What you know about the now-infamous disaster that was Fyre Festival might be limited to the viral social media posts and various news stories in the summer of 2017. Now with some perspective and access to many of those involved, American Movie director Chris Smith has delivered a riveting inside look at all the missteps that led to catastrophe and a character study of the delusional fraud at the center. What begins as a case study in how a slick marketing campaign can bring global attention turns into a can’t-look-away trainwreck expose into a brutal, horrific experience for the hundreds that attended. – Jordan R.
Where to Stream: Netflix
Jeannette: The Childhood of Joan of Arc (Bruno Dumont)
It’s easy to imagine the “old-school” Bruno Dumont Joan of Arc film; faith, martyrdom, and the landscape of the French countryside intermingling to a wrenching finale, with Bresson and Dreyer certainly paid their transcendental cinema due. Though perhaps realizing their films weren’t the be-all, end-all in terms of representing the French icon, even if Preminger, Rivette and uh, Besson, had also offered their own takes that showed a portrait beyond the trial and subsequent burning at the stake, he finally set about making it, but as a new artist. – Ethan V. (full review)
Where to Stream: Amazon Prime
A Star is Born (Bradley Cooper)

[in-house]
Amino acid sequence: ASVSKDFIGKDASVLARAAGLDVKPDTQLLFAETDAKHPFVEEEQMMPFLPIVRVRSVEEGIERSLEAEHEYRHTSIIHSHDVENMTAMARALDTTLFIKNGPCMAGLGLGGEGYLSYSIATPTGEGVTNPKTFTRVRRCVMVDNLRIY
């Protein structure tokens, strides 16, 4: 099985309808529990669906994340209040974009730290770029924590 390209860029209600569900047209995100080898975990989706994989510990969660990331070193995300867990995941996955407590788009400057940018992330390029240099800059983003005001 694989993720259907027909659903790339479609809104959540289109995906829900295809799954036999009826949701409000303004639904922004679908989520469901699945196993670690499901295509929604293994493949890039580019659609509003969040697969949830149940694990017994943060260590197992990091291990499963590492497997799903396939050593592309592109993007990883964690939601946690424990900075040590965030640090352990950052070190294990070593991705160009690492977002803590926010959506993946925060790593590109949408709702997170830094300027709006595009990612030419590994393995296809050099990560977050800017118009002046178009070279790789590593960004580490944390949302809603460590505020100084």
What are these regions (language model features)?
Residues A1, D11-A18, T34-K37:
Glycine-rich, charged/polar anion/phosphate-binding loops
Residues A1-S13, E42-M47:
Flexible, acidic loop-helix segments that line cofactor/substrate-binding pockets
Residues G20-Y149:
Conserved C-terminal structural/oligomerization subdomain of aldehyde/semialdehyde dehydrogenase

Few scenes in the films of 2018 were as erotically charged as the one where Jackson Maine (Bradley Cooper giving the performance of his career) slowly runs his fingers down Ally’s (Lady Gaga giving us Cher-in-Moonstruck brilliance) nose as he helps her get out of drag after a show. In the same way in which Rita Hayworth reminded us that the simple removal of an opera glove could stir the loins more than the most graphic depictions of sex, debut director Cooper spends the better time of the film relying on classic Hollywood symbolism and imagery to tell us a tale we thought we already knew. At one point a character explains Jackson’s philosophy: “Music is essentially 12 notes between any octave–12 notes and the octave repeats. It’s the same story told over and over, forever. All any artist can offer this world is how they see those 12 notes. That’s it.” The way in which Cooper made us believe we were listening to those notes for the very first time felt like a miracle. – Jose S.